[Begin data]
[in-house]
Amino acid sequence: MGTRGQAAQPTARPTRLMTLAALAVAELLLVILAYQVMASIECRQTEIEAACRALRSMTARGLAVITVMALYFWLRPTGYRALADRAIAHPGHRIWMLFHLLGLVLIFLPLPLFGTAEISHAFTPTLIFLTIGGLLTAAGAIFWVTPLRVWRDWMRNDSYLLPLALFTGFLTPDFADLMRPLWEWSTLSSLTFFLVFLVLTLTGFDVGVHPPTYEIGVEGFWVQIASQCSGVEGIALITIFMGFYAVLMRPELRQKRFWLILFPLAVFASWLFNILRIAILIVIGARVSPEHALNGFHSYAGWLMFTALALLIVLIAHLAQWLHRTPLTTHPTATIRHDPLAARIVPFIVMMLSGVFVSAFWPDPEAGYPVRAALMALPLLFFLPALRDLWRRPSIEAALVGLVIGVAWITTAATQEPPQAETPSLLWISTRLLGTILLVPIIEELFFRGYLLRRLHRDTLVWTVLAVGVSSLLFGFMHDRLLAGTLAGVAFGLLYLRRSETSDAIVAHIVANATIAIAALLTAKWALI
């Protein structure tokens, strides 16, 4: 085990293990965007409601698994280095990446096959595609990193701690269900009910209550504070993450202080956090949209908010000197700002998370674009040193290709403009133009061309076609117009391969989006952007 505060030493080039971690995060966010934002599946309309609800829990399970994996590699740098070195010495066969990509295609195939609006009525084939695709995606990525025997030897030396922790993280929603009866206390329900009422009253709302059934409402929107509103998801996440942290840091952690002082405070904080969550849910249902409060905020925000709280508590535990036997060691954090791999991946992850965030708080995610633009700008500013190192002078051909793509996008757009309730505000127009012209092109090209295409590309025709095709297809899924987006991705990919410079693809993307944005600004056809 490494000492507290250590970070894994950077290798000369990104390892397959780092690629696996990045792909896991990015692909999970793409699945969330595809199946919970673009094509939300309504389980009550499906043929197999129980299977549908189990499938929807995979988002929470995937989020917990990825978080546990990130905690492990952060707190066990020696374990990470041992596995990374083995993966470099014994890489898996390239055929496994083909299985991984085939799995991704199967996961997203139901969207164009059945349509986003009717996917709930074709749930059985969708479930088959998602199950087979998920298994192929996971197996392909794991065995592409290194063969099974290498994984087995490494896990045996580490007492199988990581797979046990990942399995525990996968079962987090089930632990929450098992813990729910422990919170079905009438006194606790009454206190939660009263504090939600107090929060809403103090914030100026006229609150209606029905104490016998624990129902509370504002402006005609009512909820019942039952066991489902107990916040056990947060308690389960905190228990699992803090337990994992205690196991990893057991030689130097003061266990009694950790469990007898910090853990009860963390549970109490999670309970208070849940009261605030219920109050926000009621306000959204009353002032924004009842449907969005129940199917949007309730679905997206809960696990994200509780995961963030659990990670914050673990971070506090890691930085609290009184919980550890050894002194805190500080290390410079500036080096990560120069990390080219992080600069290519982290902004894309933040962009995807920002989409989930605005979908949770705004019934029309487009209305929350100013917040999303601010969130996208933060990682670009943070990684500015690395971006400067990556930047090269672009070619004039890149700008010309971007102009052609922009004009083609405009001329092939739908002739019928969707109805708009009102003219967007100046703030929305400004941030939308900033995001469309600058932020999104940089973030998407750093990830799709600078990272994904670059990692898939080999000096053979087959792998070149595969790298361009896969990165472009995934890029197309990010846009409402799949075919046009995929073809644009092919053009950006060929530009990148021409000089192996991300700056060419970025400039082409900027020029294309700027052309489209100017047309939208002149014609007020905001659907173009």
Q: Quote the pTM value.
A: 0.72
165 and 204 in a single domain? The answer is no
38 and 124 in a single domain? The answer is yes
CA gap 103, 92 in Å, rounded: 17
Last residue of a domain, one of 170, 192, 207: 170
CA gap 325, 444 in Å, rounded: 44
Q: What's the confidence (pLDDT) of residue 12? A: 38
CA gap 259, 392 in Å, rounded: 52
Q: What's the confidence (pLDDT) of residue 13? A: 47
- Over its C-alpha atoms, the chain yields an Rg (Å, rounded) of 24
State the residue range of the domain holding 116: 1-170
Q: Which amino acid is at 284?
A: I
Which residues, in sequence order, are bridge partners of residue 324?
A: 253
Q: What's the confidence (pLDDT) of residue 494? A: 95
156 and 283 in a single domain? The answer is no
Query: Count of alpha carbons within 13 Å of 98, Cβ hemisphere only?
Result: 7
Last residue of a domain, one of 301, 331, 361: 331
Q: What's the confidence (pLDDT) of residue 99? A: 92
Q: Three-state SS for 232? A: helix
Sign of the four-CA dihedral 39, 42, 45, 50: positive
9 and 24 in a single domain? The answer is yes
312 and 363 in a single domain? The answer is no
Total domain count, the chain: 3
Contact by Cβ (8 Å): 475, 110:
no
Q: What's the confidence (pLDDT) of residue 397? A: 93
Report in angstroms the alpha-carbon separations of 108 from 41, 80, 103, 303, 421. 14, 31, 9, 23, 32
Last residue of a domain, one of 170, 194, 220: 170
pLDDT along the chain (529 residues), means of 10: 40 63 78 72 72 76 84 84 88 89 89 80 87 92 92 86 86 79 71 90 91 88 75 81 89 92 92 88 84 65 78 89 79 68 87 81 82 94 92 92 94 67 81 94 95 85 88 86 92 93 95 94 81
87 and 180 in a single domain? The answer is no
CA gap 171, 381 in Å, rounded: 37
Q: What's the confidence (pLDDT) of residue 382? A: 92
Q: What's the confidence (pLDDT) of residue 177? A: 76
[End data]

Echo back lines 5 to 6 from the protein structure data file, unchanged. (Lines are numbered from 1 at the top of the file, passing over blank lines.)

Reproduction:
A: 0.72
165 and 204 in a single domain? The answer is no